Elliott: That’s a very interesting point. It’s almost like writing- the acts of creating and of editing are very different and the creating is the hard, important part. Do you see parallels with your approach to code and teaching other skills or subjects?

Rhett: Yes, I think for learning any subject matter or skill it is very common for people to think “I’m not good enough”. Just take singing as an example. How many people do you know that won’t sing because they can’t sing? I think it’s better to just “sing, sing a song. Make it simple to last your whole life long. Don’t worry that it’s not good enough for anyone else to hear. Just sing, sing a song.” – I didn’t make that up, it’s from the Carpenters.

Elliott: In a recent post, you talk about using Python to help your daughter better understand the concept of radioactive decay for homework. Has that changed how you or she thinks about her learning?

Rhett: I’ll be honest – I think she’s moved on. Don’t get me wrong, she’s a smart kid – but she’s also very busy with other school things and other activities. I think the most important thing for her was that she could get the data for the experiment fast [instead of getting 200 pennies to shake up in a shoebox]. Sometimes we create things (like code) to help others but sometimes we just create it because we can. Again, I’m not saying it wasn’t useful or couldn’t be useful – just that she didn’t do anything else with it.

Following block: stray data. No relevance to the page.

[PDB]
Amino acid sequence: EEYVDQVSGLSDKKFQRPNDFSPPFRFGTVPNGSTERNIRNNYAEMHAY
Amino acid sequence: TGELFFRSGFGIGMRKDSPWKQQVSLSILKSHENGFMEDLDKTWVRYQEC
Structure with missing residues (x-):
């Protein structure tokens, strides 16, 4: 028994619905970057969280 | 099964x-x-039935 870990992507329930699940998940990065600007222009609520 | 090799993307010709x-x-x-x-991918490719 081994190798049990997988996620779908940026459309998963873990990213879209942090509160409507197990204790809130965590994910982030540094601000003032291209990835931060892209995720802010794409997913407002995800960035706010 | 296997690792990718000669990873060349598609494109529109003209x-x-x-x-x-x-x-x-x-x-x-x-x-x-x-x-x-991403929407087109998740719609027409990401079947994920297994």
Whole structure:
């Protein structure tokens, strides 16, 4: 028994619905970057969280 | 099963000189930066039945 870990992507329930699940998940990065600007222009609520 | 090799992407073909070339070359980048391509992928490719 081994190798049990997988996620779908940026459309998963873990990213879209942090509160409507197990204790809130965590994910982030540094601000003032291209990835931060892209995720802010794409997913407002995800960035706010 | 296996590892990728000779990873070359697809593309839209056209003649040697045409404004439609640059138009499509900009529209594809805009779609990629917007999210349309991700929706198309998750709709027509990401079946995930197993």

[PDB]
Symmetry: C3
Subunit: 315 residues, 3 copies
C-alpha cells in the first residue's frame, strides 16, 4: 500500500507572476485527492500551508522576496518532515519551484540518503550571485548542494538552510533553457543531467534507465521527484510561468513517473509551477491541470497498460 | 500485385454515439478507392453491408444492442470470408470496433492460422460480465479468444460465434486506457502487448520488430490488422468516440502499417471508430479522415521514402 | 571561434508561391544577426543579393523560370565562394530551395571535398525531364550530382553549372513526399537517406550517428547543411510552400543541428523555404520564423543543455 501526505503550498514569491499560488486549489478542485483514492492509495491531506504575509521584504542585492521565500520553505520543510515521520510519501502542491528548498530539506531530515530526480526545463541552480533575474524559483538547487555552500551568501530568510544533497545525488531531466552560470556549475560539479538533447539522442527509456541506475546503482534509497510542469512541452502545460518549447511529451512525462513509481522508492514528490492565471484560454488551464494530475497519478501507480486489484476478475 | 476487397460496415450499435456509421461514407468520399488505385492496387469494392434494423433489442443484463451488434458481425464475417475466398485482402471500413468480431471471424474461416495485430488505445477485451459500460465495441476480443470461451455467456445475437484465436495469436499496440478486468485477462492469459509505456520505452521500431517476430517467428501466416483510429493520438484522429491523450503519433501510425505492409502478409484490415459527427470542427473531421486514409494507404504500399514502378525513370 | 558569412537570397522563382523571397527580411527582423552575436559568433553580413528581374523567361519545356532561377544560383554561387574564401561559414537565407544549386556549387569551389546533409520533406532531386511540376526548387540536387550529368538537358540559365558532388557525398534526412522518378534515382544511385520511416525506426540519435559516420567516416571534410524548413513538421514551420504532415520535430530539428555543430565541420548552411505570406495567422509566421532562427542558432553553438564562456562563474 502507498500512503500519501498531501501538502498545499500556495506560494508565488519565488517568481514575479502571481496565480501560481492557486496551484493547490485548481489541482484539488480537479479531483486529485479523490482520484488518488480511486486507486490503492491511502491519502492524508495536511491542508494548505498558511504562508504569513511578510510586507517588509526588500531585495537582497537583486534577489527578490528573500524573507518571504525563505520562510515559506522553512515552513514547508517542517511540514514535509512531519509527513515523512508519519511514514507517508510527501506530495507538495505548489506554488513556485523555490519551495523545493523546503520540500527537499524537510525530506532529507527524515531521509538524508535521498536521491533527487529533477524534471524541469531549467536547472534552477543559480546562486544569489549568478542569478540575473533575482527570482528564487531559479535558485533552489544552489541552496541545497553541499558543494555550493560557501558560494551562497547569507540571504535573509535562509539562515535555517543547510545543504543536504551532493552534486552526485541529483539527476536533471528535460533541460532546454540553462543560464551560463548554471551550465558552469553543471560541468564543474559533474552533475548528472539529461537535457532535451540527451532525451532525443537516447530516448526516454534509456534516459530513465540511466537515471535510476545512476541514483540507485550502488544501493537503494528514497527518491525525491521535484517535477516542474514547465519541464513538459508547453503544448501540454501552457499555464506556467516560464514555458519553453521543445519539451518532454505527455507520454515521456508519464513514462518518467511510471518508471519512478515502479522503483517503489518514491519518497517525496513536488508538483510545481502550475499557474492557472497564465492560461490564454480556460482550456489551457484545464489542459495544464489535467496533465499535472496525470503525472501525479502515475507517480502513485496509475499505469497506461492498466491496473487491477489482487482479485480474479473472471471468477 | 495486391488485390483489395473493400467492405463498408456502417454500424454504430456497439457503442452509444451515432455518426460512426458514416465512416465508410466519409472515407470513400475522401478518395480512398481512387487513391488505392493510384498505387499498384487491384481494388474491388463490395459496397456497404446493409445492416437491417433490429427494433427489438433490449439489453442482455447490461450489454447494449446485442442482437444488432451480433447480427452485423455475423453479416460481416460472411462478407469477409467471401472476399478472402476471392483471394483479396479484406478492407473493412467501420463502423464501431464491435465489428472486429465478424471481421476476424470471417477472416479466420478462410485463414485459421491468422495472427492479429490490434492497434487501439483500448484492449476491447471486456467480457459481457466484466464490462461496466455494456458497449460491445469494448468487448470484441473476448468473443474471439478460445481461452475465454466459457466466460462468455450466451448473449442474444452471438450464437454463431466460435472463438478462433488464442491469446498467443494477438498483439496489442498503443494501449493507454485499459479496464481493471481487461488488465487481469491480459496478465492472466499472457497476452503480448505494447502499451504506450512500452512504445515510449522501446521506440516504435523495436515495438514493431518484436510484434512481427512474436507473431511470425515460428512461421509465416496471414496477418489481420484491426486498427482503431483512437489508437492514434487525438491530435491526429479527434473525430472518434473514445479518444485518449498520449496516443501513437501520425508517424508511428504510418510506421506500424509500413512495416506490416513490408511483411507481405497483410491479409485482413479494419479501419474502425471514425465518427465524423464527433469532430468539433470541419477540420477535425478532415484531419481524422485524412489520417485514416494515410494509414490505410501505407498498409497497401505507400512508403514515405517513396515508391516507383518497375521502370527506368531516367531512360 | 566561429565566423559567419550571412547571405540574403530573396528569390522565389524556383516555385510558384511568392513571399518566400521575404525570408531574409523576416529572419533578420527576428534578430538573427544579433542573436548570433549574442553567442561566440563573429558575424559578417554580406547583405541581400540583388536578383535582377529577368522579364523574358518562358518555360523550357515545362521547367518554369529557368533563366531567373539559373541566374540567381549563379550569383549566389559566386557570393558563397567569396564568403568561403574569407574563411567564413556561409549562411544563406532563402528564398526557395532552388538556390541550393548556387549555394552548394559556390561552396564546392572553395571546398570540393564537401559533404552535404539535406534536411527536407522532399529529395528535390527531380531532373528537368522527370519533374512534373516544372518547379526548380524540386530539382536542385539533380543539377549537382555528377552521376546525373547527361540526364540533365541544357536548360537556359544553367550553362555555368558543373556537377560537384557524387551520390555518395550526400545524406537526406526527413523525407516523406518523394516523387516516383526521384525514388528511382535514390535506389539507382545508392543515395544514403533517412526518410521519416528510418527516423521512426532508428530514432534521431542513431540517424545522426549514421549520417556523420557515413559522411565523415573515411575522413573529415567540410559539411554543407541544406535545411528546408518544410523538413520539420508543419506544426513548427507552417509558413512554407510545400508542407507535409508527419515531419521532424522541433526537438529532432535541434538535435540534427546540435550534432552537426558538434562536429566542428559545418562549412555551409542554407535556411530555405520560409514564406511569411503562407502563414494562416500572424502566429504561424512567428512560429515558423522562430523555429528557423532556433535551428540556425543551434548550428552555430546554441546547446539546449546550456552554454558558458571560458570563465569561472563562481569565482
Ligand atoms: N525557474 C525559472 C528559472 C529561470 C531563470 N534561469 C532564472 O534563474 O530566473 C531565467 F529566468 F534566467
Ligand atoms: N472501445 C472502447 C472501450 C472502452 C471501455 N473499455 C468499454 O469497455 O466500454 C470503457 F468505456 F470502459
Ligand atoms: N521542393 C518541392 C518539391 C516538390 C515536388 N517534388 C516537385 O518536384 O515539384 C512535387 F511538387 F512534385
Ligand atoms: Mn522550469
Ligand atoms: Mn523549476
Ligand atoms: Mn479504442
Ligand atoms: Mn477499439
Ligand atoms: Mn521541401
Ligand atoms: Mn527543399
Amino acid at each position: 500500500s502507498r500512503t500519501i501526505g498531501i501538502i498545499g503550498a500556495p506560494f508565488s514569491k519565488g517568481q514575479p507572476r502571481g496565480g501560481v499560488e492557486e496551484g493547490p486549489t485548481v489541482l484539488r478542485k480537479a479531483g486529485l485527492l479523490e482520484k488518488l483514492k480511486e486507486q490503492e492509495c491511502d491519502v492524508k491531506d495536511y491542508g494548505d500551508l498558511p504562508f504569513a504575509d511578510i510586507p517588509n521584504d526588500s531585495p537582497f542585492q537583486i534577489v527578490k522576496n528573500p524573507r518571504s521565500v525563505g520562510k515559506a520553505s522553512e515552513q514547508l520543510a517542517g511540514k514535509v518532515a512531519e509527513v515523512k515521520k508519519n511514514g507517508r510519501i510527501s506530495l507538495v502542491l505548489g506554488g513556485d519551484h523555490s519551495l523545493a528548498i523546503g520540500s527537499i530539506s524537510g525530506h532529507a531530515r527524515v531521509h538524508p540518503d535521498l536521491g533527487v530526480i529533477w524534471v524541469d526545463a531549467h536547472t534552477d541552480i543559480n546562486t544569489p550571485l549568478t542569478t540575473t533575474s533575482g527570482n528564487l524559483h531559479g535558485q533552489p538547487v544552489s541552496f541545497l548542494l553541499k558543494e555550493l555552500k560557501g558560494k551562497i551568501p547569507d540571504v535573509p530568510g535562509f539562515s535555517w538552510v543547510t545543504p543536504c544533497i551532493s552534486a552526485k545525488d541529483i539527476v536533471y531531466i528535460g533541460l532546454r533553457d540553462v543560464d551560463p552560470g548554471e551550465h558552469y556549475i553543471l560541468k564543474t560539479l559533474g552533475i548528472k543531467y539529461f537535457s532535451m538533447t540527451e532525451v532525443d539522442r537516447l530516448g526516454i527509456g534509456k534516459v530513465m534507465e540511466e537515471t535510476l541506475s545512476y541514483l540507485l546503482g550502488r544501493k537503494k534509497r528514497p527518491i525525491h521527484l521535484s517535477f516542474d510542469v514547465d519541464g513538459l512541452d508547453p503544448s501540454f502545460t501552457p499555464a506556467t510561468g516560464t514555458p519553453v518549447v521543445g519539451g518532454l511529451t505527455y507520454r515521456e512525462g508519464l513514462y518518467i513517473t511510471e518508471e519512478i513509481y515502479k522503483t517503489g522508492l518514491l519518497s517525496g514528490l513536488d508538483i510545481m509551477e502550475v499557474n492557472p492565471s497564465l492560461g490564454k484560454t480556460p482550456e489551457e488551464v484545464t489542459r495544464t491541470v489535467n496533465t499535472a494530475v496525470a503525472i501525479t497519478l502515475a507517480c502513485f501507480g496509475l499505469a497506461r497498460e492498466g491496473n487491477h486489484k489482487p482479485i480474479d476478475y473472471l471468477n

I try to expose my kids to programming as often as I can. They have all done stuff on code.org (like the hour of code) and I think they have made progress. With kids, I think the biggest mistake anyone could make would be to not expose them to coding as soon as possible. I suspect that most parent/teachers are just a little intimidated to do so – but they shouldn’t be. The coding tools available right now are pretty darn awesome.

Elliott: So you approach code from the point of view of what it let’s you do rather than being interested in it intrinsically? I hear a lot of talk about learning to code but not as much about authentic motivation and interest in using it.

Rhett: Is there anything more boring that just learning code? Oh sure, you need to get to the basics before you can use it to solve problems. That might be true – but still, if you have a problem before you have code you also have motivation. This is the best type of learning. It’s exciting learning when you are trying to solve a problem.

Without confusion, there is no learning.

Elliott: From what you’ve said above I gather that you have a very permissive and supportive attitude towards coding and a very high bar for making your classes hands-on. What of your teaching style is personal to you and what would you think is something you do that all teachers should do to be successful?